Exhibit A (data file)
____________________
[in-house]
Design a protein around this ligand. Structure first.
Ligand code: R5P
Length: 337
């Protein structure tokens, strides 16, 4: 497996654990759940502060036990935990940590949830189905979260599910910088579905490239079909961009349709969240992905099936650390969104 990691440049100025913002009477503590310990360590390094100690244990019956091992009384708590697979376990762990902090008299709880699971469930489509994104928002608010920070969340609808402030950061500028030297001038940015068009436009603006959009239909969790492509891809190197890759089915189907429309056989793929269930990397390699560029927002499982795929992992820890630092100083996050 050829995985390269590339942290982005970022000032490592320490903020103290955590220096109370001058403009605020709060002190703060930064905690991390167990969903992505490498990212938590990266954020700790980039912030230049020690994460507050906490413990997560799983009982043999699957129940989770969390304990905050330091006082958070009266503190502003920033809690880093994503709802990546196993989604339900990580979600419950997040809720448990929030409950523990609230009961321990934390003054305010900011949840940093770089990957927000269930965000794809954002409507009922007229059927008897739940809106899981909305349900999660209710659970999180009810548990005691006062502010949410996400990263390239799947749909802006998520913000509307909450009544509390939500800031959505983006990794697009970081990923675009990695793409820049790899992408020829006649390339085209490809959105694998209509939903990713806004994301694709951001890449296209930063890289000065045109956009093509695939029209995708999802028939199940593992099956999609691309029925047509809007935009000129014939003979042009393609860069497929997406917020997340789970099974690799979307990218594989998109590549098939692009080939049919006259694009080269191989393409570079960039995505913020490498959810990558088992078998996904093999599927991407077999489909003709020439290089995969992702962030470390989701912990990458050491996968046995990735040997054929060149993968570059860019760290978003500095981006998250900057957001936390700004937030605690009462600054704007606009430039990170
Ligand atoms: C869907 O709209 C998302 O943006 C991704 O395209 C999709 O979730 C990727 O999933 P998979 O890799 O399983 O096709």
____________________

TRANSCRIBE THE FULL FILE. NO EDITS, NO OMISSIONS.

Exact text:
[in-house]
Design a protein around this ligand. Structure first.
Ligand code: R5P
Length: 337
């Protein structure tokens, strides 16, 4: 497996654990759940502060036990935990940590949830189905979260599910910088579905490239079909961009349709969240992905099936650390969104 990691440049100025913002009477503590310990360590390094100690244990019956091992009384708590697979376990762990902090008299709880699971469930489509994104928002608010920070969340609808402030950061500028030297001038940015068009436009603006959009239909969790492509891809190197890759089915189907429309056989793929269930990397390699560029927002499982795929992992820890630092100083996050 050829995985390269590339942290982005970022000032490592320490903020103290955590220096109370001058403009605020709060002190703060930064905690991390167990969903992505490498990212938590990266954020700790980039912030230049020690994460507050906490413990997560799983009982043999699957129940989770969390304990905050330091006082958070009266503190502003920033809690880093994503709802990546196993989604339900990580979600419950997040809720448990929030409950523990609230009961321990934390003054305010900011949840940093770089990957927000269930965000794809954002409507009922007229059927008897739940809106899981909305349900999660209710659970999180009810548990005691006062502010949410996400990263390239799947749909802006998520913000509307909450009544509390939500800031959505983006990794697009970081990923675009990695793409820049790899992408020829006649390339085209490809959105694998209509939903990713806004994301694709951001890449296209930063890289000065045109956009093509695939029209995708999802028939199940593992099956999609691309029925047509809007935009000129014939003979042009393609860069497929997406917020997340789970099974690799979307990218594989998109590549098939692009080939049919006259694009080269191989393409570079960039995505913020490498959810990558088992078998996904093999599927991407077999489909003709020439290089995969992702962030470390989701912990990458050491996968046995990735040997054929060149993968570059860019760290978003500095981006998250900057957001936390700004937030605690009462600054704007606009430039990170
Ligand atoms: C869907 O709209 C998302 O943006 C991704 O395209 C999709 O979730 C990727 O999933 P998979 O890799 O399983 O096709």